Syncope can occur before or following vaccination, especially in adolescents as a psychogenic response to the needle injection. Ensure procedures are in place to avoid injury from faints.

    Not all brands are licensed for all age groups.

    Pregnancy and Lactation


    The Green Book recommends that hepatitis A and hepatitis B vaccine should be given in pregnancy where there is a definite risk of infection, particularly if the pregnant woman is in a high-risk category.

    The effect of this vaccine on embryo-fetal, perinatal and post natal survival and development has been assessed in rats. This did not indicate direct or indirect harmful effects with respect to fertility, pregnancy, embryonal development, parturition or post natal development.

    Harm to the human foetus is not anticipated with inactivated vaccines, and while it is not expected that recombinant hepatitis B virus surface antigen would have adverse effects on pregnancies or the foetus, the effect of this vaccine has not been assessed and should be delayed until after delivery unless there is an urgent need to protect the mother.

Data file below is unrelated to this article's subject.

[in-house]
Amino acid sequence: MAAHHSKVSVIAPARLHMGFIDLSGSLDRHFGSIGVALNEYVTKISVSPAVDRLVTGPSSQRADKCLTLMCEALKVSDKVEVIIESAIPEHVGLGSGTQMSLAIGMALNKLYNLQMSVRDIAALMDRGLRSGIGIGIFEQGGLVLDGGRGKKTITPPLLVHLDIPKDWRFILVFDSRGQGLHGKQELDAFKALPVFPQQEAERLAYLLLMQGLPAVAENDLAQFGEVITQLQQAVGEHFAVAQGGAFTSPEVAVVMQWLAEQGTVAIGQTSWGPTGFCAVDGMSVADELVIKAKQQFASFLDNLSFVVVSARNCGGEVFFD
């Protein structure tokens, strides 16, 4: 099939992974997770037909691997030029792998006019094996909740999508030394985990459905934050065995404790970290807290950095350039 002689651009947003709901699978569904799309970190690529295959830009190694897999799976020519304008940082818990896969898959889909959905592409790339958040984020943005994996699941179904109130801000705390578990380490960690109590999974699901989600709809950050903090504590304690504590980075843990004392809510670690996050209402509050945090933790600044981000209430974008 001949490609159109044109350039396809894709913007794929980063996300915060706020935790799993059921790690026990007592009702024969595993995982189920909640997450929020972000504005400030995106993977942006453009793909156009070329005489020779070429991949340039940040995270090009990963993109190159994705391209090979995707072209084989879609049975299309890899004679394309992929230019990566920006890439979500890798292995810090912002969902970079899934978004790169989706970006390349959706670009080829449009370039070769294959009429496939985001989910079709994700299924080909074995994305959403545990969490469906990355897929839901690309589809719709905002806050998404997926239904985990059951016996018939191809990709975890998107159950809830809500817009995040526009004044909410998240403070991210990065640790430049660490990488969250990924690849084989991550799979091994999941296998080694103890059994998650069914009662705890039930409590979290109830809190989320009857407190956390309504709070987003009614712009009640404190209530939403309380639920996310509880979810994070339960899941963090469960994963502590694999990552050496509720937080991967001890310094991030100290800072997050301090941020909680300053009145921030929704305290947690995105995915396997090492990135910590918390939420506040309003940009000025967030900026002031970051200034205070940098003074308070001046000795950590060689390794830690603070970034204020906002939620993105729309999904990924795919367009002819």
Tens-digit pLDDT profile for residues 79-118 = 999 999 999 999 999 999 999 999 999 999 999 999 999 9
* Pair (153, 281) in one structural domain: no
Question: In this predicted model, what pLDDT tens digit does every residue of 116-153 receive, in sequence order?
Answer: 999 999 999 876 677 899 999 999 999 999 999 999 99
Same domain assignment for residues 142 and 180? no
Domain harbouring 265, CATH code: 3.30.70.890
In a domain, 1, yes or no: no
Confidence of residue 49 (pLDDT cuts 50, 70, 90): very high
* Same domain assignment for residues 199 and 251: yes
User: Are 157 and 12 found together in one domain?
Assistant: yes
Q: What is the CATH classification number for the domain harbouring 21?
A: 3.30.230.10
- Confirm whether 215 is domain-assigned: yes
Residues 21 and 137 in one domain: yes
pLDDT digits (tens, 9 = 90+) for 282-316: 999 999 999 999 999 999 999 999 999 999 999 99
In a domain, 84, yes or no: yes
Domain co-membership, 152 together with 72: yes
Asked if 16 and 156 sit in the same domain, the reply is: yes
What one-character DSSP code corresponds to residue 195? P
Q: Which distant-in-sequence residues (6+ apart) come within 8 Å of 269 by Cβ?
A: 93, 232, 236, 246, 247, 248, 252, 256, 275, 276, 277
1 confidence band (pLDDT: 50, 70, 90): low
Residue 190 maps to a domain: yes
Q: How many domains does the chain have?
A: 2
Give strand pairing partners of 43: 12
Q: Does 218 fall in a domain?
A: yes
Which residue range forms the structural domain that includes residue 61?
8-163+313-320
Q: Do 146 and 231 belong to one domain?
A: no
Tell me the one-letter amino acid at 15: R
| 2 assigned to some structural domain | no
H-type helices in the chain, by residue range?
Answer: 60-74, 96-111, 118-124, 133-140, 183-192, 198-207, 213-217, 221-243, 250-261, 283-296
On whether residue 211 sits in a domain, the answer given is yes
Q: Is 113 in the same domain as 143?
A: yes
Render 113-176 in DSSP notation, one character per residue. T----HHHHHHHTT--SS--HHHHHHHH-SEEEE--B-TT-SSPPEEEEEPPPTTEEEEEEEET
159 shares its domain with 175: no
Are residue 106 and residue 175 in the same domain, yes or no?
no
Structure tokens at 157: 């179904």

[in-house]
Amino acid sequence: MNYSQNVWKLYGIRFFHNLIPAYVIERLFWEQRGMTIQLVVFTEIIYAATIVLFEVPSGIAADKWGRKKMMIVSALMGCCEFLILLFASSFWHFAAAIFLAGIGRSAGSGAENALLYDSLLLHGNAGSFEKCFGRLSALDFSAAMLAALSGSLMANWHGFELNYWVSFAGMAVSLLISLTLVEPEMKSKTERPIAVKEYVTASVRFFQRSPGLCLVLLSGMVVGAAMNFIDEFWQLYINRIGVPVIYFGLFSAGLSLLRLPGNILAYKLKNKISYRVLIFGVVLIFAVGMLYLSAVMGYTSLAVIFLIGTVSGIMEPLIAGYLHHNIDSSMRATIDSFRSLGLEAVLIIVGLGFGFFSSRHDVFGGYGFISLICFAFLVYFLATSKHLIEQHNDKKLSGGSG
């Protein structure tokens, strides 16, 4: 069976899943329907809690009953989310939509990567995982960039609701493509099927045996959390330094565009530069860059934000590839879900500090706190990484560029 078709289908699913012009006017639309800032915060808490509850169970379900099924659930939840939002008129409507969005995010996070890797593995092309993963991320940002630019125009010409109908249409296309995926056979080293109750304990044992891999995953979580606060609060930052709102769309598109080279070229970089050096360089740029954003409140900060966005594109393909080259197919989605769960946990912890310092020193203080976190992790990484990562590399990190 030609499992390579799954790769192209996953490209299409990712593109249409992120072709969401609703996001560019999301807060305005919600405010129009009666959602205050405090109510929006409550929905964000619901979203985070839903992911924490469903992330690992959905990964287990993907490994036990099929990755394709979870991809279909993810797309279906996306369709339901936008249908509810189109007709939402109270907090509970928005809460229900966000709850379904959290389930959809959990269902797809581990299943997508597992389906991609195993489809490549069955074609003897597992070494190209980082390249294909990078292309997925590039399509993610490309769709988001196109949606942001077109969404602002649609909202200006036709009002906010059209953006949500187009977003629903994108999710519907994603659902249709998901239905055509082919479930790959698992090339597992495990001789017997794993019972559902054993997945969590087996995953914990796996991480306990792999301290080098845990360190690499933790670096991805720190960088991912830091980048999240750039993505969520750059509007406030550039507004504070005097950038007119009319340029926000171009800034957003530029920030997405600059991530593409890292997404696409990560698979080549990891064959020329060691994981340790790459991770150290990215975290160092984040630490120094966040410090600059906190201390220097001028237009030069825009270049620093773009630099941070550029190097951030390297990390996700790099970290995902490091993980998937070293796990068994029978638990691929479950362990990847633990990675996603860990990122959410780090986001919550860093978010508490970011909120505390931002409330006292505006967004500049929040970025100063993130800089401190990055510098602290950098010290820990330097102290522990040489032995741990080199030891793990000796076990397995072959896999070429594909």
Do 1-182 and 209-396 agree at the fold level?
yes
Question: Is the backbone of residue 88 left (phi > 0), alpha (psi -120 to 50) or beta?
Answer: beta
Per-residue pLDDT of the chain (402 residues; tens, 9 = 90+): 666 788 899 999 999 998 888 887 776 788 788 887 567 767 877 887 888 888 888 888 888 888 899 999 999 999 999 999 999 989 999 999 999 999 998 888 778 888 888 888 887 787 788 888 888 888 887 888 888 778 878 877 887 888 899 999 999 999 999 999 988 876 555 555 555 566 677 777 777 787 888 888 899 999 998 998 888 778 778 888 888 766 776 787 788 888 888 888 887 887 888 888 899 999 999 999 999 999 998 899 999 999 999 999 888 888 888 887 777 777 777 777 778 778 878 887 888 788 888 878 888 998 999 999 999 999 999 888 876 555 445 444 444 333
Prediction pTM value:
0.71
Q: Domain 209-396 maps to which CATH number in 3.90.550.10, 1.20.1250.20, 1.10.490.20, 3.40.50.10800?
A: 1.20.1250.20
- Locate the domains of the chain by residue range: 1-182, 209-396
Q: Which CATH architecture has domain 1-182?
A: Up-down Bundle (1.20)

The use of all medication in pregnancy should be avoided whenever possible; particularly in the first trimester. Non-drug treatments should also be considered. When essential, a medication with the best safety record over time should be chosen, employing the lowest effective dose for the shortest possible time. Polypharmacy should be avoided. Teratogens taken in the pre-embryonic period, often quoted as lasting until 14-17 days post-conception, are believed to have an all-or-nothing effect. Where drugs have a short half-life, and when the date of conception is certain, this may allow women to be reassured where drug exposure has occurred within this time frame. Further advice may be available from the UK National Teratology Information Service (NTIS) and through ToxBase, available via password on the internet ( ) or if this is unavailable at the backup site ( ).


    The Green Book recommends that hepatitis A and hepatitis B vaccine should be given to breastfeeding mothers when there is a definite risk of infection.

    UK product information notes the lack of controlled clinical studies on infants exposed to the vaccine via breast milk. However, together with the Green Book and Schaefer and co-workers, it agrees that the risks to the foetus are likely to be negligible because the vaccine is inactivated.